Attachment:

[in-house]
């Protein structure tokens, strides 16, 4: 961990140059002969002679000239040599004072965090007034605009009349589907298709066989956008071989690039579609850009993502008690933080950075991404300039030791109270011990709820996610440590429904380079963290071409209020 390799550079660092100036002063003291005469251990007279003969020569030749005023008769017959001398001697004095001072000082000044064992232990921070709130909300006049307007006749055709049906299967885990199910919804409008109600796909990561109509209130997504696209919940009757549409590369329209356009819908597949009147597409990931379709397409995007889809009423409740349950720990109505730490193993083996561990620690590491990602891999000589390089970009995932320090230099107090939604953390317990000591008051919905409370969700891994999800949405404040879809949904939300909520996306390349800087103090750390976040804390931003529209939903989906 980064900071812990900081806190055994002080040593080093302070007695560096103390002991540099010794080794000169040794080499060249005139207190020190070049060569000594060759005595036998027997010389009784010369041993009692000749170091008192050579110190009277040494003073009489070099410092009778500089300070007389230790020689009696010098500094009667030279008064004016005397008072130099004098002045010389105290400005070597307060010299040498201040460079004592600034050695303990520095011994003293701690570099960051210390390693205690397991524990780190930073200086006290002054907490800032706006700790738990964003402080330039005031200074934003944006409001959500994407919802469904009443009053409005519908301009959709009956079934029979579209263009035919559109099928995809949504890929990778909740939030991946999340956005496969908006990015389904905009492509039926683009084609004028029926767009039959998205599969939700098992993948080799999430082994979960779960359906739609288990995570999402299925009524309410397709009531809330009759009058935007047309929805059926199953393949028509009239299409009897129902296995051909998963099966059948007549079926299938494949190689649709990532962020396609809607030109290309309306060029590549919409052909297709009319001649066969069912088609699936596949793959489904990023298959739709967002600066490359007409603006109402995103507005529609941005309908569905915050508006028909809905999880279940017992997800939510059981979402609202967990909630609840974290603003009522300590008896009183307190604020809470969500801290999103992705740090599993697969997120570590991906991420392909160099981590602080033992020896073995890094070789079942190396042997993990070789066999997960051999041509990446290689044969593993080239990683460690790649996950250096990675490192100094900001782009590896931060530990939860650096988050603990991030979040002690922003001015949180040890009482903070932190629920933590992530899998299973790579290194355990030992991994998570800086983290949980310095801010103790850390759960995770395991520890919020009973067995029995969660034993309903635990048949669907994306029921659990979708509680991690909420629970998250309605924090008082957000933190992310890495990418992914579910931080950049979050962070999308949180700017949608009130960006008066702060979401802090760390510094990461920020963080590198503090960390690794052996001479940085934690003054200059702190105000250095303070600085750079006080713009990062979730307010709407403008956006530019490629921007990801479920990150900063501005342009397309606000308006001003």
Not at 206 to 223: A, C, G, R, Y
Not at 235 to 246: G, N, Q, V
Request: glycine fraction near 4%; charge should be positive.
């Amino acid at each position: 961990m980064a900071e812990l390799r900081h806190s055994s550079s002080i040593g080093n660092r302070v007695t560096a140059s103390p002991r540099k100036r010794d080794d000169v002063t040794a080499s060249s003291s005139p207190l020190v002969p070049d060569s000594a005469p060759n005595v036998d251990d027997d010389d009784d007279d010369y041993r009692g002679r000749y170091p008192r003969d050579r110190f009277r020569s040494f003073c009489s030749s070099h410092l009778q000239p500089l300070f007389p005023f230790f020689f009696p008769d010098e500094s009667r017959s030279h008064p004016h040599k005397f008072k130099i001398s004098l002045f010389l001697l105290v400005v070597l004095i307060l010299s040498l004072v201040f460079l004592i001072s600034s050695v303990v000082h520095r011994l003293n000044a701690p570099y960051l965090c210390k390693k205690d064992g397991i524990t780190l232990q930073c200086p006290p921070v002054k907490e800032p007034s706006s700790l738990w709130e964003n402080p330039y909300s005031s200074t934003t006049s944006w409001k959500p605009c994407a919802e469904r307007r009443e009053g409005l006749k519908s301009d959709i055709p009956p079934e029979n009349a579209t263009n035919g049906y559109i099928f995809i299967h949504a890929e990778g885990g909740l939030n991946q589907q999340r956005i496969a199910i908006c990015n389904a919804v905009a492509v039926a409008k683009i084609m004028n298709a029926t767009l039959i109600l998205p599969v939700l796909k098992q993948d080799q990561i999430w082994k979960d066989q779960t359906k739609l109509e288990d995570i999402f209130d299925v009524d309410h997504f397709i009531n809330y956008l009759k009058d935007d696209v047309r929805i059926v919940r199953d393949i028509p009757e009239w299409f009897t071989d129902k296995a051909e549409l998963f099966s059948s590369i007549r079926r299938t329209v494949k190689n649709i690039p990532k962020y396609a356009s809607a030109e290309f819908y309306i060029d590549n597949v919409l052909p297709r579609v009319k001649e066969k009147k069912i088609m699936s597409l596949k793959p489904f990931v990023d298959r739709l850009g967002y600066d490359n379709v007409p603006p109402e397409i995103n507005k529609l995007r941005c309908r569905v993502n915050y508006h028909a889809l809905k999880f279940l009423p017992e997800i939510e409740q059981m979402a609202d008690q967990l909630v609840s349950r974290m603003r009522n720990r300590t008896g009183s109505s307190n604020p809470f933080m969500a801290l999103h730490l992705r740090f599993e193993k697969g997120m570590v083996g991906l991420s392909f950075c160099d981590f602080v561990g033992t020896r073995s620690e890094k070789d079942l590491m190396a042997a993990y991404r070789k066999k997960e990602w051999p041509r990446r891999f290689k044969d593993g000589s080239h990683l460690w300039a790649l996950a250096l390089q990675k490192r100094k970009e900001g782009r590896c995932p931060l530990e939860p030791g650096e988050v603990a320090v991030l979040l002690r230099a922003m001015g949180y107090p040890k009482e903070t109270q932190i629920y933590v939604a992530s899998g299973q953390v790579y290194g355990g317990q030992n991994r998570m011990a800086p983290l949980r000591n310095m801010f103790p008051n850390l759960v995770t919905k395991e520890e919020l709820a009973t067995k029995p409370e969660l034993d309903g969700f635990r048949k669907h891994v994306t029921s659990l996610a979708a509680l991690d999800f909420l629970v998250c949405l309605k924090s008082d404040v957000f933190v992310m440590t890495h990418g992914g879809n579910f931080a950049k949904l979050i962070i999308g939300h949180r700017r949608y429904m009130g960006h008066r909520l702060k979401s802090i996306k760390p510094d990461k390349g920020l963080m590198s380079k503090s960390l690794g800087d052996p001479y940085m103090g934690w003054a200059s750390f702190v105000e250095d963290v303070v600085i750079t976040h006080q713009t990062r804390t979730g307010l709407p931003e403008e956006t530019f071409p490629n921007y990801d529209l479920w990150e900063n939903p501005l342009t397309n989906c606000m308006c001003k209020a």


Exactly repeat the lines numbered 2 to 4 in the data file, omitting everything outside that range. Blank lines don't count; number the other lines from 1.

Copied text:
């Protein structure tokens, strides 16, 4: 961990140059002969002679000239040599004072965090007034605009009349589907298709066989956008071989690039579609850009993502008690933080950075991404300039030791109270011990709820996610440590429904380079963290071409209020 390799550079660092100036002063003291005469251990007279003969020569030749005023008769017959001398001697004095001072000082000044064992232990921070709130909300006049307007006749055709049906299967885990199910919804409008109600796909990561109509209130997504696209919940009757549409590369329209356009819908597949009147597409990931379709397409995007889809009423409740349950720990109505730490193993083996561990620690590491990602891999000589390089970009995932320090230099107090939604953390317990000591008051919905409370969700891994999800949405404040879809949904939300909520996306390349800087103090750390976040804390931003529209939903989906 980064900071812990900081806190055994002080040593080093302070007695560096103390002991540099010794080794000169040794080499060249005139207190020190070049060569000594060759005595036998027997010389009784010369041993009692000749170091008192050579110190009277040494003073009489070099410092009778500089300070007389230790020689009696010098500094009667030279008064004016005397008072130099004098002045010389105290400005070597307060010299040498201040460079004592600034050695303990520095011994003293701690570099960051210390390693205690397991524990780190930073200086006290002054907490800032706006700790738990964003402080330039005031200074934003944006409001959500994407919802469904009443009053409005519908301009959709009956079934029979579209263009035919559109099928995809949504890929990778909740939030991946999340956005496969908006990015389904905009492509039926683009084609004028029926767009039959998205599969939700098992993948080799999430082994979960779960359906739609288990995570999402299925009524309410397709009531809330009759009058935007047309929805059926199953393949028509009239299409009897129902296995051909998963099966059948007549079926299938494949190689649709990532962020396609809607030109290309309306060029590549919409052909297709009319001649066969069912088609699936596949793959489904990023298959739709967002600066490359007409603006109402995103507005529609941005309908569905915050508006028909809905999880279940017992997800939510059981979402609202967990909630609840974290603003009522300590008896009183307190604020809470969500801290999103992705740090599993697969997120570590991906991420392909160099981590602080033992020896073995890094070789079942190396042997993990070789066999997960051999041509990446290689044969593993080239990683460690790649996950250096990675490192100094900001782009590896931060530990939860650096988050603990991030979040002690922003001015949180040890009482903070932190629920933590992530899998299973790579290194355990030992991994998570800086983290949980310095801010103790850390759960995770395991520890919020009973067995029995969660034993309903635990048949669907994306029921659990979708509680991690909420629970998250309605924090008082957000933190992310890495990418992914579910931080950049979050962070999308949180700017949608009130960006008066702060979401802090760390510094990461920020963080590198503090960390690794052996001479940085934690003054200059702190105000250095303070600085750079006080713009990062979730307010709407403008956006530019490629921007990801479920990150900063501005342009397309606000308006001003």
Not at 206 to 223: A, C, G, R, Y
Not at 235 to 246: G, N, Q, V